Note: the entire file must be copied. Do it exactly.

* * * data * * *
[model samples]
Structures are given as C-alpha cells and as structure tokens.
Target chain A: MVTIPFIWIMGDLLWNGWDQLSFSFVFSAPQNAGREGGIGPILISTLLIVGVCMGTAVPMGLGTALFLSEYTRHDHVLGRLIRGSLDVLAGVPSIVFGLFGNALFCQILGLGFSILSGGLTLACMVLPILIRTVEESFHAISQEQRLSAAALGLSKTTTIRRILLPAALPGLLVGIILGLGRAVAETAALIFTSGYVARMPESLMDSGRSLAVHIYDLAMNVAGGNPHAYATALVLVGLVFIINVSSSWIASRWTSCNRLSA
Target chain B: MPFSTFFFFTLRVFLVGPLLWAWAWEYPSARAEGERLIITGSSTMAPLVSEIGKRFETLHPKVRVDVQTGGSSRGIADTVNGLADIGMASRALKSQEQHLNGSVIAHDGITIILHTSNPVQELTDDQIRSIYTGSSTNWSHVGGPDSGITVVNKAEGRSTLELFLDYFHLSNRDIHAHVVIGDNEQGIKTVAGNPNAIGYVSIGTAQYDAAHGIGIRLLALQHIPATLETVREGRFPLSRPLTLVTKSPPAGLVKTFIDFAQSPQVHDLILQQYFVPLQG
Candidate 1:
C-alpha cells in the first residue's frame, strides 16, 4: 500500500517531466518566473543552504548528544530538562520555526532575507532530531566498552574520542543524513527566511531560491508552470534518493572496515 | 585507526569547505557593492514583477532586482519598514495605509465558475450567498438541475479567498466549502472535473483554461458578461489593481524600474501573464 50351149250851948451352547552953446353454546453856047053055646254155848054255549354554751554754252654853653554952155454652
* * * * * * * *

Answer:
[model samples]
Structures are given as C-alpha cells and as structure tokens.
Target chain A: MVTIPFIWIMGDLLWNGWDQLSFSFVFSAPQNAGREGGIGPILISTLLIVGVCMGTAVPMGLGTALFLSEYTRHDHVLGRLIRGSLDVLAGVPSIVFGLFGNALFCQILGLGFSILSGGLTLACMVLPILIRTVEESFHAISQEQRLSAAALGLSKTTTIRRILLPAALPGLLVGIILGLGRAVAETAALIFTSGYVARMPESLMDSGRSLAVHIYDLAMNVAGGNPHAYATALVLVGLVFIINVSSSWIASRWTSCNRLSA
Target chain B: MPFSTFFFFTLRVFLVGPLLWAWAWEYPSARAEGERLIITGSSTMAPLVSEIGKRFETLHPKVRVDVQTGGSSRGIADTVNGLADIGMASRALKSQEQHLNGSVIAHDGITIILHTSNPVQELTDDQIRSIYTGSSTNWSHVGGPDSGITVVNKAEGRSTLELFLDYFHLSNRDIHAHVVIGDNEQGIKTVAGNPNAIGYVSIGTAQYDAAHGIGIRLLALQHIPATLETVREGRFPLSRPLTLVTKSPPAGLVKTFIDFAQSPQVHDLILQQYFVPLQG
Candidate 1:
C-alpha cells in the first residue's frame, strides 16, 4: 500500500517531466518566473543552504548528544530538562520555526532575507532530531566498552574520542543524513527566511531560491508552470534518493572496515 | 585507526569547505557593492514583477532586482519598514495605509465558475450567498438541475479567498466549502472535473483554461458578461489593481524600474501573464 50351149250851948451352547552953446353454546453856047053055646254155848054255549354554751554754252654853653554952155454652